And we’re seeing this in the way that people no longer have 15-year careers in the same organisation or same role in that organisation. People do project work, freelancing and even benefit from internal mobility – both temporary and permanent – in their business.

4. We can curate more than just content: bringing people and career opportunities together

These two quotes from Lavinia sum up how L&D can take a more rounded view of curation and act as a facilitator between people and growth opportunities:


“As L&D, we’re connected to so many people in the organisation, and we get a chance to know them. Their strengths, their projects, their knowledge, and we can leverage that to facilitate social learning…”

Career opportunities

“If we’re connected to our recruitment counterparts and understand what they’re looking for, at the same time we have these programs where we meet people and know the skills they have and what they’d like to do next in their job. And then we can them tell about opportunities.”

5. When we do curate content, we need to do it with care

“Sometimes, there’s an overreliance on curation within systems… and less around the quality of curation. How does it solve a problem?”

Ross hits the nail on the head. Across our daily life, we’re using tools that throw up a lot of content – think YouTube and Spotify – but is that content going to help you move the needle or solve a problem? And who’s verifying the quality of it? The answers are typically no and nobody.

And the same applies to content libraries because do we really know the quality of all of it?

There needs to be a human and context element to curating content, we need to know it’s the right content for the people in our business, what we’re working on, our strategy and our values.

“Curation’s great, but it can be chaotic! How do we unpack that and say, how do we do this right, so we’re giving people the right stuff and not just more stuff? Because fundamentally, you’re just becoming a search engine.”

Stakeholders and business leaders want to know how the content you’ve curated has influenced performance or skills, not how much has been consumed!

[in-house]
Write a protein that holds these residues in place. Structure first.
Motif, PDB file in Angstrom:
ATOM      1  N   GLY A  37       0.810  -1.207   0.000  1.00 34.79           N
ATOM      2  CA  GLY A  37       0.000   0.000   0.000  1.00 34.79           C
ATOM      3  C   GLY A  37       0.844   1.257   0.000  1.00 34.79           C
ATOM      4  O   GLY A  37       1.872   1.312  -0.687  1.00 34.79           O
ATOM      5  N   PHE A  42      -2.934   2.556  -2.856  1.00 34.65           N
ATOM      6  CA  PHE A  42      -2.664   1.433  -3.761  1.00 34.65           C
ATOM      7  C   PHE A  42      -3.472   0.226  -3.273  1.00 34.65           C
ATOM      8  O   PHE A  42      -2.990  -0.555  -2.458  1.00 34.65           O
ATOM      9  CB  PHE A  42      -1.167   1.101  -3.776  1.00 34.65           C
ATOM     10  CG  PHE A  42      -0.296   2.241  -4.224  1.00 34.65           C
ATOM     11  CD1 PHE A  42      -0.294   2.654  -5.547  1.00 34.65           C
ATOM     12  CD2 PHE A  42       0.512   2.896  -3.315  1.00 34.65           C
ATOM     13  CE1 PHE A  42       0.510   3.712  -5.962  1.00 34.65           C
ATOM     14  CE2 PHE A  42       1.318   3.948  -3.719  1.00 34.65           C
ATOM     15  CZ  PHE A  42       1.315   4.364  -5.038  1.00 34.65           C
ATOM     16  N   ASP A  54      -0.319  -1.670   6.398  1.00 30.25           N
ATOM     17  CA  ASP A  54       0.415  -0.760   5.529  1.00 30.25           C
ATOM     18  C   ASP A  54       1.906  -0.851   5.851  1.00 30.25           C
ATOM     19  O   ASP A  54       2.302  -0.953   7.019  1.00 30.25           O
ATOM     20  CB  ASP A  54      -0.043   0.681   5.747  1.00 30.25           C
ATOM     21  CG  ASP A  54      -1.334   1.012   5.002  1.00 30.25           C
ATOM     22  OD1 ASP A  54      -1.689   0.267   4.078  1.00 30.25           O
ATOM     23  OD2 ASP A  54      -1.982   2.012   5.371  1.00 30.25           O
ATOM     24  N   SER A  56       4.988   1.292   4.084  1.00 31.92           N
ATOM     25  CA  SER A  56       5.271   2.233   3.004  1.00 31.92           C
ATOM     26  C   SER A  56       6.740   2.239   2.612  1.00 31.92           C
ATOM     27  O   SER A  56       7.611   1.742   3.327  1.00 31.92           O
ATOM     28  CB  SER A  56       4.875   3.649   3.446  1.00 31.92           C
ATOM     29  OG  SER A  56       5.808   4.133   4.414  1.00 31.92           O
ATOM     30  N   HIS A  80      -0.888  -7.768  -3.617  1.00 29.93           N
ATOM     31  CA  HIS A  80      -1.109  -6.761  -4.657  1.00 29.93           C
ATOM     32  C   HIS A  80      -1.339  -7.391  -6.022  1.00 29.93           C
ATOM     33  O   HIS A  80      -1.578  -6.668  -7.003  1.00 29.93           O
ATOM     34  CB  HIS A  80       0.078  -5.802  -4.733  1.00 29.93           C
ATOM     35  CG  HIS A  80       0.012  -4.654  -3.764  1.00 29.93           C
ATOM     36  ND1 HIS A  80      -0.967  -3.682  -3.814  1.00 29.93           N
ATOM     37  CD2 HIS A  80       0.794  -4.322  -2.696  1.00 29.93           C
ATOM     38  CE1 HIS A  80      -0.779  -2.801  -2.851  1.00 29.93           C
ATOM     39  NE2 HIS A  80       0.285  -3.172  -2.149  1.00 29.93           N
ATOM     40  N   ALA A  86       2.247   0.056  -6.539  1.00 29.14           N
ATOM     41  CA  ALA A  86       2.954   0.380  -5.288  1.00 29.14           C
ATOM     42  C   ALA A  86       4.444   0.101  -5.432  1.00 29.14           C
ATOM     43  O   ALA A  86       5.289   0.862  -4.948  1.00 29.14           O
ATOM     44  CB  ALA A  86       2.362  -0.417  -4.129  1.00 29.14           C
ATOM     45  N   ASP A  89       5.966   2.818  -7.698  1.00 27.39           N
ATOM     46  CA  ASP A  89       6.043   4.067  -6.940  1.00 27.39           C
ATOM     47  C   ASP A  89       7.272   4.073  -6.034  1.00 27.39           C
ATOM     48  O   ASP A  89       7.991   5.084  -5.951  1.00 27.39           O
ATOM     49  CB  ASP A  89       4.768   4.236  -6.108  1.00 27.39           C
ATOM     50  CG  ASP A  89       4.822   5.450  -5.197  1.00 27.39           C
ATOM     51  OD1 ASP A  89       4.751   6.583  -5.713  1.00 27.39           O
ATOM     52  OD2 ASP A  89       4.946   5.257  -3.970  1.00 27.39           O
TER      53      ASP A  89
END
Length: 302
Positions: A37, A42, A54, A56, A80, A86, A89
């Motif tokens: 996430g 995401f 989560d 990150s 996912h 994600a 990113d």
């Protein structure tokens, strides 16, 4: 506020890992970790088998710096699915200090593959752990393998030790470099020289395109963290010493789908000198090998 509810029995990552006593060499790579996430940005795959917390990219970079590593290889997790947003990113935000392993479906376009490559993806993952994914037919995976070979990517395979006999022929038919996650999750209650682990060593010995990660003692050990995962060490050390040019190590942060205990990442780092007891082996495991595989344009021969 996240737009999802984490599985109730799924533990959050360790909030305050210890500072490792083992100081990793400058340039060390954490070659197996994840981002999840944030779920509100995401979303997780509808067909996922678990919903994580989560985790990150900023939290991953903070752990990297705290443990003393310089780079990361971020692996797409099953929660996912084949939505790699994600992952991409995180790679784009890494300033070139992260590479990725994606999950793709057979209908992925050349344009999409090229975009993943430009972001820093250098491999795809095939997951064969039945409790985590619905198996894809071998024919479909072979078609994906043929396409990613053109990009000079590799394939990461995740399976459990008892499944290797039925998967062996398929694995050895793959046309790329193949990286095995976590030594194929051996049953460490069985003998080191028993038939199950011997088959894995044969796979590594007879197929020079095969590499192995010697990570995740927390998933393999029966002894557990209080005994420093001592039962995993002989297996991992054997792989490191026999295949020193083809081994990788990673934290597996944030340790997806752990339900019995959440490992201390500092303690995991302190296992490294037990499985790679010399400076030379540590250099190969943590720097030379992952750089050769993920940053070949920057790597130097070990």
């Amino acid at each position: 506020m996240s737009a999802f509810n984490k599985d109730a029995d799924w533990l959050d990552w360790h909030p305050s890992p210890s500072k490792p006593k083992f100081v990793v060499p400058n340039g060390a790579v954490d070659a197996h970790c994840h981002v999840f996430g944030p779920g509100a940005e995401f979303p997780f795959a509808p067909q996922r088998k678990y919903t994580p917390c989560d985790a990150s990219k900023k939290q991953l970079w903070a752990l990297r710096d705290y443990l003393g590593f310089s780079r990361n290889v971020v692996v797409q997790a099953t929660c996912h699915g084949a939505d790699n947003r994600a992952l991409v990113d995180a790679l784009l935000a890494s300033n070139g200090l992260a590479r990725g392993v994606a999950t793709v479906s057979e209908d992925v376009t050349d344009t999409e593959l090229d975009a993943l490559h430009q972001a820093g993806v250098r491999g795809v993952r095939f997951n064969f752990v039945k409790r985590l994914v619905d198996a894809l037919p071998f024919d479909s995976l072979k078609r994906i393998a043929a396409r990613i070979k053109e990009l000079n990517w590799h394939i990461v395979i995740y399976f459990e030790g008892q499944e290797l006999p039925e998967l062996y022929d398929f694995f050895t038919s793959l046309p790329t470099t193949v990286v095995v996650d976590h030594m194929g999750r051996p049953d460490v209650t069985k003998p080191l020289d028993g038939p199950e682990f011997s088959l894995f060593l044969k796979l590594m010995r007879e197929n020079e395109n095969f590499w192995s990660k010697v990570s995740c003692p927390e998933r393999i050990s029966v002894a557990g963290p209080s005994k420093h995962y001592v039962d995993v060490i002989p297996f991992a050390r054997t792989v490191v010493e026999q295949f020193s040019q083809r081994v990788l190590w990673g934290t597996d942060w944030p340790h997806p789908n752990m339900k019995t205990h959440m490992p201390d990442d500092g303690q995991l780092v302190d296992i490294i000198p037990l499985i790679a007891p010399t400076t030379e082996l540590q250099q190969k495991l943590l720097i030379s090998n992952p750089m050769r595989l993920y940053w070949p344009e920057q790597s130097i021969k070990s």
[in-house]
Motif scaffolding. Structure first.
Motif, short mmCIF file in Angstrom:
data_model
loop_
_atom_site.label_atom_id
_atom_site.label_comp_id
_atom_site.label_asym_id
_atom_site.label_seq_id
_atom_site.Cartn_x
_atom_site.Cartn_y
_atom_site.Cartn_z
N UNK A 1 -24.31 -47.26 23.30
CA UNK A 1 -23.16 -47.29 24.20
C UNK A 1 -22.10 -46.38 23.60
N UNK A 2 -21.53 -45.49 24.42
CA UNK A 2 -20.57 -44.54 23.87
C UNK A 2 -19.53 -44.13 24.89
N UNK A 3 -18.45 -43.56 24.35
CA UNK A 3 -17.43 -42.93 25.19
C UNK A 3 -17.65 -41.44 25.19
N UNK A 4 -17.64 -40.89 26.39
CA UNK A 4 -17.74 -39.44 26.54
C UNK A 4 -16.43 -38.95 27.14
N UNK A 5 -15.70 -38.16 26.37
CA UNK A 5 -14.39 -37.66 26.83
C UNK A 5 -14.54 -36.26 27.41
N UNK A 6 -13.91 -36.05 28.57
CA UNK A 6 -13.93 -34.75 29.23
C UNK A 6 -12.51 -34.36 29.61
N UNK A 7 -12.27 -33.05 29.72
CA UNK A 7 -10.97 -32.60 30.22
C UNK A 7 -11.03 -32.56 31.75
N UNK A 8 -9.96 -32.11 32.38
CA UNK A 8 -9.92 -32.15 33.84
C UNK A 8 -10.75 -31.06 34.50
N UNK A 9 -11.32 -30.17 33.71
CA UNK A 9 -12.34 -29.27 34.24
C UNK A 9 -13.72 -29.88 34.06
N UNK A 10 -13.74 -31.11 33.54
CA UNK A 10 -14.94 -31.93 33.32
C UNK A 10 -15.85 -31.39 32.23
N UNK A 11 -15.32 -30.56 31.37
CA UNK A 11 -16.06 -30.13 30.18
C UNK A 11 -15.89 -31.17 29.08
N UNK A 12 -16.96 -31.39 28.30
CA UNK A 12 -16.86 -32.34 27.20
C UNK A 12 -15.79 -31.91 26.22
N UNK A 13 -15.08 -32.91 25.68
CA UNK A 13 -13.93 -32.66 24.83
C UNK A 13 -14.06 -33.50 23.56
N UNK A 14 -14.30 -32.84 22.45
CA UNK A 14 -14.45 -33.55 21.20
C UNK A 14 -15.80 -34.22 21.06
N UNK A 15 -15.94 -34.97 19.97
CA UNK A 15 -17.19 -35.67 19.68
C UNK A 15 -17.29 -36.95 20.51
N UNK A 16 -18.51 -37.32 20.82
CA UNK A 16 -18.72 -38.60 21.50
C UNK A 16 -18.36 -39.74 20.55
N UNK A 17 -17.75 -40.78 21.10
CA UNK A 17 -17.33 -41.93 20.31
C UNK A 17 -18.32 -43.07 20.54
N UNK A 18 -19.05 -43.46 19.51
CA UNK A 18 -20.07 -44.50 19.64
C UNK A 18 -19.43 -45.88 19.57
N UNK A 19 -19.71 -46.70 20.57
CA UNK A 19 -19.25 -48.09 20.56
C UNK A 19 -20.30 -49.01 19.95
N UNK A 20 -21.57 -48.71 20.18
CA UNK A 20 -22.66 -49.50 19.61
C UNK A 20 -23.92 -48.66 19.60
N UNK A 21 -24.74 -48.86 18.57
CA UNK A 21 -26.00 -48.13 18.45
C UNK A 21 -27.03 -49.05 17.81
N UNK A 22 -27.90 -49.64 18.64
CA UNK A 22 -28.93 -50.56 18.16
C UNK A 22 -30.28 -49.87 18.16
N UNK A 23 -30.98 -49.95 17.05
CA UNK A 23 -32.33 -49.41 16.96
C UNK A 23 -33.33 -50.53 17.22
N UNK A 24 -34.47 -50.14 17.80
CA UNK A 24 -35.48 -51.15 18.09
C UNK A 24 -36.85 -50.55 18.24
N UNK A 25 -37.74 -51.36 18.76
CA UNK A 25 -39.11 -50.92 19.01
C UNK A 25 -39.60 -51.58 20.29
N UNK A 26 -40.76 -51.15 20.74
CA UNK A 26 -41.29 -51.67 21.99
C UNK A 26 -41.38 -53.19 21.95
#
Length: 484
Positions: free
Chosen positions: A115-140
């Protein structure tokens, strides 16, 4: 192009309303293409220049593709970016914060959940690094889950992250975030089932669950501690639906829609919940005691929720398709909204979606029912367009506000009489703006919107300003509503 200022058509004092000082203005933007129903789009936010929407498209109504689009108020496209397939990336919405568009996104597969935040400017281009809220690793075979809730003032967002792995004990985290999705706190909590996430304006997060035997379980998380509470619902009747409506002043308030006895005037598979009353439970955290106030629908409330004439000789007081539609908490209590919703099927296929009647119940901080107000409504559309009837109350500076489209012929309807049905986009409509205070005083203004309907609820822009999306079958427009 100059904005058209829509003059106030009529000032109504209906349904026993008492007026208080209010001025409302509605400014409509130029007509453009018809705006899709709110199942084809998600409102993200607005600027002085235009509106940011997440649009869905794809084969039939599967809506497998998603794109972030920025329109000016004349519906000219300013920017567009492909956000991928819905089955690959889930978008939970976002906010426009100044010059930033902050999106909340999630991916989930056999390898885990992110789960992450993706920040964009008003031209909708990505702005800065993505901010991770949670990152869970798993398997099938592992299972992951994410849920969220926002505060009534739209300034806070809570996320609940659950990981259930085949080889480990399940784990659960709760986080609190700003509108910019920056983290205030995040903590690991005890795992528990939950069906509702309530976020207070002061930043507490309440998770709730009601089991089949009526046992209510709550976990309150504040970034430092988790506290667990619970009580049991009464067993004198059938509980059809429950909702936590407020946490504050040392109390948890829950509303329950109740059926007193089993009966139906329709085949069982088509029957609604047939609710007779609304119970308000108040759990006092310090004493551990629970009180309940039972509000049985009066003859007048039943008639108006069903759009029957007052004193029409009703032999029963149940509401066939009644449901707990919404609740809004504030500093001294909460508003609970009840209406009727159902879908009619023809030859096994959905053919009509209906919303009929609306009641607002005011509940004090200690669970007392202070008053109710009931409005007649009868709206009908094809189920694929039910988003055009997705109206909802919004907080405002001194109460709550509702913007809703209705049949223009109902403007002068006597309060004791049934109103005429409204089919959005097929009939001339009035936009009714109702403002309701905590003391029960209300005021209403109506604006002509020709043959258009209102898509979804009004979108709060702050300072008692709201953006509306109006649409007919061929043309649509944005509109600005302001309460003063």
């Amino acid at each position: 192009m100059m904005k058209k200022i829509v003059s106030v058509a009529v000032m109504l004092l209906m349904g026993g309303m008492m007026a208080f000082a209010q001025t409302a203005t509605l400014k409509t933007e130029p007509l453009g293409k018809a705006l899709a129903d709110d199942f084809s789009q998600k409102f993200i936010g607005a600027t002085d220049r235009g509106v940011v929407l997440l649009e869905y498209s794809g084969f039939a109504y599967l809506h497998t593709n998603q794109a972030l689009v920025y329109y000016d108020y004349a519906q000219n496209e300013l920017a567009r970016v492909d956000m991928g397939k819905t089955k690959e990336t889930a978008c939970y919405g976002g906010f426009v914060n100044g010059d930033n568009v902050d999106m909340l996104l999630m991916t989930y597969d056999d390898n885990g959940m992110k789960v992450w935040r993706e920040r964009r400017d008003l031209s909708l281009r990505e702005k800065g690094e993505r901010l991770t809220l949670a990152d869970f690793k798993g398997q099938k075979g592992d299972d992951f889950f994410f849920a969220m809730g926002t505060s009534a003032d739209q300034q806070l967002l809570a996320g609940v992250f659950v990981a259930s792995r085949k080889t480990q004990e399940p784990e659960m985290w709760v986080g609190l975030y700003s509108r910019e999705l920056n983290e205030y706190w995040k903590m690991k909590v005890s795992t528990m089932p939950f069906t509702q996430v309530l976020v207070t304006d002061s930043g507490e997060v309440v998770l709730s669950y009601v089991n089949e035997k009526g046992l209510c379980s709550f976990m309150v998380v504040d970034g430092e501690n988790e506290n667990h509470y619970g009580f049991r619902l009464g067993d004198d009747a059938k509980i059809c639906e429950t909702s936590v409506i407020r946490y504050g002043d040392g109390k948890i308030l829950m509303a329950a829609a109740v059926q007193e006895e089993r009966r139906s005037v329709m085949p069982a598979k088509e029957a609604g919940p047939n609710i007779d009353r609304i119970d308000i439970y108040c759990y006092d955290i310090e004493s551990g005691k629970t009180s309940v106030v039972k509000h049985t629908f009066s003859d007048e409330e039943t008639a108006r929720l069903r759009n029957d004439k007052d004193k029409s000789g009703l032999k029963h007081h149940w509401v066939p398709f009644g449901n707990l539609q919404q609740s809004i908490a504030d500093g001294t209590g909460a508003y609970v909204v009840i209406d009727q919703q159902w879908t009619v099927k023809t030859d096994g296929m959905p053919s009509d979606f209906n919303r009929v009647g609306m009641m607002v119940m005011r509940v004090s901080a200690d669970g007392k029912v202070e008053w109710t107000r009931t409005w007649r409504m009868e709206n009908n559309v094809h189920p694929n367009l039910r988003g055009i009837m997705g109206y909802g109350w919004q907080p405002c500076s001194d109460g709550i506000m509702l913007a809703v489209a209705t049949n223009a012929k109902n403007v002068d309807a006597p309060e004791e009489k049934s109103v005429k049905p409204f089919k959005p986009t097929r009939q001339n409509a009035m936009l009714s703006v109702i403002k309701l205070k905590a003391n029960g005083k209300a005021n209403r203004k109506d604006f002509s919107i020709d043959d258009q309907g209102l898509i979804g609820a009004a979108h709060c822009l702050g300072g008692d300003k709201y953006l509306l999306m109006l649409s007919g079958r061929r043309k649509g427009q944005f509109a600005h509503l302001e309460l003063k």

6. Using The Three Es to build future skills

Ross did clarify he might have stolen this from somewhere else at some point, but he likes to use The Three Es to identify which skills are required for individual people.

  • Expiring: Which skills in your field of work are expiring and no longer serving you well?
  • Evolving: Which skills do you have a base level in and should be building on because it’ll be worth it in the future?
  • Emerging: What are the skills I see people talking about that will be trending in the next few years and how can I get ahead of that?

7. L&D needs to avoid the ‘McDonald’s Drive Thru Mindset’ when offering solutions

We asked Ross about performance consultancy and he made the great point that not everyone in L&D needs to become a performance consultant – Context matters!

You have to consider your career direction, the organisations and industries you’re working in. Plus, performance consultancy is really something we should be doing anyway, it’s all about how we can have that more solutioneering mindset.

Work with people to really break down problems! Because when people say they’ve got an L&D problem, it’s often not – it’s a deep-rooted cultural piece or business shift that L&D can play a part in.

So, L&D needs to ask better questions and the right questions to diagnose the problems people are trying to solve, the skills shortages and the other blockers to getting there. Then you can say, can I solve this from an L&D sphere or is it something bigger?

L&D won’t solve every problem and it’s not there too either…